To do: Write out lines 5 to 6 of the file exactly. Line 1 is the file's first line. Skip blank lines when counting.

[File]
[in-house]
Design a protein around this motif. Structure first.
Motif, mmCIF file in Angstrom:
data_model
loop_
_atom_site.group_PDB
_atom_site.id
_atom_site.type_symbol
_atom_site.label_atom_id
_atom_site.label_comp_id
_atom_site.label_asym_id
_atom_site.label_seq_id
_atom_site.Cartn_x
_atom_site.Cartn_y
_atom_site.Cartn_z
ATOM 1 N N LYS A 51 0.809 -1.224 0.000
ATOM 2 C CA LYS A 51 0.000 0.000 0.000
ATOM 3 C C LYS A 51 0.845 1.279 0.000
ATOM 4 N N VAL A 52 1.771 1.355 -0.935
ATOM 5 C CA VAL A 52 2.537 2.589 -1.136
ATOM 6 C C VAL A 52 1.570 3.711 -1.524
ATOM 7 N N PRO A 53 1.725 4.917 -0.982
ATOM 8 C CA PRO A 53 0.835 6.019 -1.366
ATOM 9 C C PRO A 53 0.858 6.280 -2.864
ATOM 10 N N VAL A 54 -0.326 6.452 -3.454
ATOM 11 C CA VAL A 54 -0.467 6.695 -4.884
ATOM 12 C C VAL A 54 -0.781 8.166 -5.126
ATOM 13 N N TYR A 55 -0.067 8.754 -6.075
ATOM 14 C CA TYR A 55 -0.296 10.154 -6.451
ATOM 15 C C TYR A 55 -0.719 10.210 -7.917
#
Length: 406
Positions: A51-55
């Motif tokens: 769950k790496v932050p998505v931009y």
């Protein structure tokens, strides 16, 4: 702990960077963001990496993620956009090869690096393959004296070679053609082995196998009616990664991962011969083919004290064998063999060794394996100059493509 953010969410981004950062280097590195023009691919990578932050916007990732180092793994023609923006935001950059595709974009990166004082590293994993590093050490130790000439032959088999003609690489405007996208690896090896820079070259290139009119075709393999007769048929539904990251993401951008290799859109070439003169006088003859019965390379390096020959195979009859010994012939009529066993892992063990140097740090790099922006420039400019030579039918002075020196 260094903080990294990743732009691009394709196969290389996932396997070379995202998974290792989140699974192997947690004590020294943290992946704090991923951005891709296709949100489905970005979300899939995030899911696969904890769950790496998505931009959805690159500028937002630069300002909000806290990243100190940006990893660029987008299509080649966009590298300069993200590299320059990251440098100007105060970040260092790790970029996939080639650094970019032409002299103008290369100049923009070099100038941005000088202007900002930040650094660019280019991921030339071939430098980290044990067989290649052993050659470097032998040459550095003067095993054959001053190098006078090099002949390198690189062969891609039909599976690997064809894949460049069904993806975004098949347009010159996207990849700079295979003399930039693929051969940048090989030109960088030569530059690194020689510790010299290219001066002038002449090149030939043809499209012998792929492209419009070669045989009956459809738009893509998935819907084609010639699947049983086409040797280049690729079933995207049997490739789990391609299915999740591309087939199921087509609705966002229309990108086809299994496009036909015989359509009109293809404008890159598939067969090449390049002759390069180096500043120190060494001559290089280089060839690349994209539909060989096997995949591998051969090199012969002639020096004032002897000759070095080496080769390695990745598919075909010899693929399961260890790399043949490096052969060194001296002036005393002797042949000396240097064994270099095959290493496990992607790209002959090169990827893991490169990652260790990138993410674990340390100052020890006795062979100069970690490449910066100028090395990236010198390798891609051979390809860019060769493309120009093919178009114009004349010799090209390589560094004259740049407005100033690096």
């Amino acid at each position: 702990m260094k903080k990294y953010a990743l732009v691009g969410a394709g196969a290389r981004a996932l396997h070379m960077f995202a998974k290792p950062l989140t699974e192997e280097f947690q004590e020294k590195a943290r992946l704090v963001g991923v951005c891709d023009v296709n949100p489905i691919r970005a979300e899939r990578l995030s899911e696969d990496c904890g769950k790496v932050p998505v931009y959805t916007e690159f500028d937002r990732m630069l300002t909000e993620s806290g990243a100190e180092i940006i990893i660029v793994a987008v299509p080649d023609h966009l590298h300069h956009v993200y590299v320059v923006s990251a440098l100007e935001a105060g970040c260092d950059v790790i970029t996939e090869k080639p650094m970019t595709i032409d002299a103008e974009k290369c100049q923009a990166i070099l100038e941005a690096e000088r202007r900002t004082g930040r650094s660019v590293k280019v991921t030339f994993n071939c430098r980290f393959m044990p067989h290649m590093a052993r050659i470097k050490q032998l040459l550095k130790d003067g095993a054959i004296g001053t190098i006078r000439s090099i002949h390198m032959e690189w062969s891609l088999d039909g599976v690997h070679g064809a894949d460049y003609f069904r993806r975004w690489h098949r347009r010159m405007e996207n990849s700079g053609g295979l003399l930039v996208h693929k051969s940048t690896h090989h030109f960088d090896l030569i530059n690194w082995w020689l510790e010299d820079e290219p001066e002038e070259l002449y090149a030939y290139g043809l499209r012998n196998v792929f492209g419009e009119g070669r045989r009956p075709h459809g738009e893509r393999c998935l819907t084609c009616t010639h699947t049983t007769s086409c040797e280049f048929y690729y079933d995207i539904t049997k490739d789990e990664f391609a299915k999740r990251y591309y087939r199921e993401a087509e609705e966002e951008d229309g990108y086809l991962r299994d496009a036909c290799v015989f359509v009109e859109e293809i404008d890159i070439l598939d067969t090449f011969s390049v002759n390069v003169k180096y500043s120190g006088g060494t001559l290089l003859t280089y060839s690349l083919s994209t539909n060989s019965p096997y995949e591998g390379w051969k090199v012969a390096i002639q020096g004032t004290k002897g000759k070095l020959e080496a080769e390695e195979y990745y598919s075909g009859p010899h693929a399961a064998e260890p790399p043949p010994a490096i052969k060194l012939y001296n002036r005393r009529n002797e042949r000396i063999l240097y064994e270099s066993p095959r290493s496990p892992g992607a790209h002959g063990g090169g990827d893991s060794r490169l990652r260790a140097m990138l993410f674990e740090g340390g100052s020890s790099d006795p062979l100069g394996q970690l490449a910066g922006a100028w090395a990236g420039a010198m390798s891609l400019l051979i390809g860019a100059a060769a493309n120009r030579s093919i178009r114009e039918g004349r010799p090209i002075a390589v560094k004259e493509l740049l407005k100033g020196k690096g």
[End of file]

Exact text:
loop_
_atom_site.group_PDB